- María Laura Böhm. DAAD Long Term Guest Professor, Department of Criminal Law and Criminology, and Department of Social Sciences, University of Buenos Aires, Argentina
"Over the last two decades, green criminologists have endeauvored to expose the ways in which state actors permit or facilitate environmental harm by enabling corporate access to "natural resources". In this thoroughly researched and beautifully insightful book, Marcela Torres Wong illuminates the increasing conflict surrounding indigenous lands and extractive industry in Latin America. Her remarkably nuanced account reveals why prior consultation is not a mechanism for protecting indigenous lands from the impacts of extraction. Readers will be amazed and surprised by Wong's description of how the political and economic management of "natural resources" by governments and multinational corporations influences the implementation of indigenous rights, while reshaping indigenous peoples' goals."
- Avi Brisman, Associate Professor, School of Justice Studies, College of Justice and Safety, Eastern Kentucky University, USA
"Marcela Torres-Wong offers an intriguing, well-developed and sophisticated, in-depth examination of Indigenous people’s activism against extractive industries in Bolivia, Peru, and Mexico. Using a masterful combination of in-depth ethnographic fieldwork, process tracing and quantitative data analysis, Torres-Wong sheds light on the myriad clever and knowledgeable strategies used by Indigenous activists against a broad range of oil and mining companies. This book will be of interest to activists, policy-makers and scholars of social movements and comparative politics, as it carefully lifts the veil surrounding the often unexplored scholarly territory of studies of Indigenous people as activists against extractive industries in Latin America."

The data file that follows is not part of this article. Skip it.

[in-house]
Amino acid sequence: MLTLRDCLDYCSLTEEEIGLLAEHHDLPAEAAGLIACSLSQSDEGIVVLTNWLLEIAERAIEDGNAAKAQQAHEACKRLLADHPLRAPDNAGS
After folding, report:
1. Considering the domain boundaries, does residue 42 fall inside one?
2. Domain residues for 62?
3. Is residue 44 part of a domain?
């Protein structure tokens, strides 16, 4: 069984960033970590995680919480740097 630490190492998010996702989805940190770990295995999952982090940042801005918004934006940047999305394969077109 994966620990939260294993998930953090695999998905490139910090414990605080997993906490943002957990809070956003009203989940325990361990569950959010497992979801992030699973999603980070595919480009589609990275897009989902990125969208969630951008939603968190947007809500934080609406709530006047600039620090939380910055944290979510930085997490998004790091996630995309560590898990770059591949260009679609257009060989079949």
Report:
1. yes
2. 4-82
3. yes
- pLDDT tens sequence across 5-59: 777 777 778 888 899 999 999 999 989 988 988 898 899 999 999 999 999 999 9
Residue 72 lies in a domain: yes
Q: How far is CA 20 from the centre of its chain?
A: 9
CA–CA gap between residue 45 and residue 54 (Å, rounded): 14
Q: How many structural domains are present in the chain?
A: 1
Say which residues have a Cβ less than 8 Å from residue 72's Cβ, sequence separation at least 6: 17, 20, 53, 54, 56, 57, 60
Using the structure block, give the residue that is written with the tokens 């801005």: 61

- Dr. Raul Pacheco-Vega, Centro de Investigación y Docencia Económicas (CIDE)
1.What do indigenous people want?
2. Ecological defense or bargaining over indigenous lands?
3. Rights do not matter, political power does
4. There is nothing to consult here!
5. Prior consultation and the expansion of extractivism
Crimes of the Powerful encompasses the harmful, injurious, and victimizing behaviors perpetrated by privately or publicly operated businesses, corporations, and organizations as well as the state mediated administrative, legalistic, and political responses to these crimes.
The series draws attention to the commonalities of the theories, practices, and controls of the crimes of the powerful. It focuses on the overlapping spheres and inter-related worlds of a wide array of existing and recently developing areas of social, historical, and behavioral inquiry into the wrongdoings of multinational organizations, nation-states, stateless regimes, illegal networks, financialization, globalization, and securitization.
These examinations of the crimes of the powerful straddle a variety of related disciplines and areas of academic interest, including studies in criminology and criminal justice; law and human rights; conflict, peace, and security; economic change, environmental decay, and global sustainability.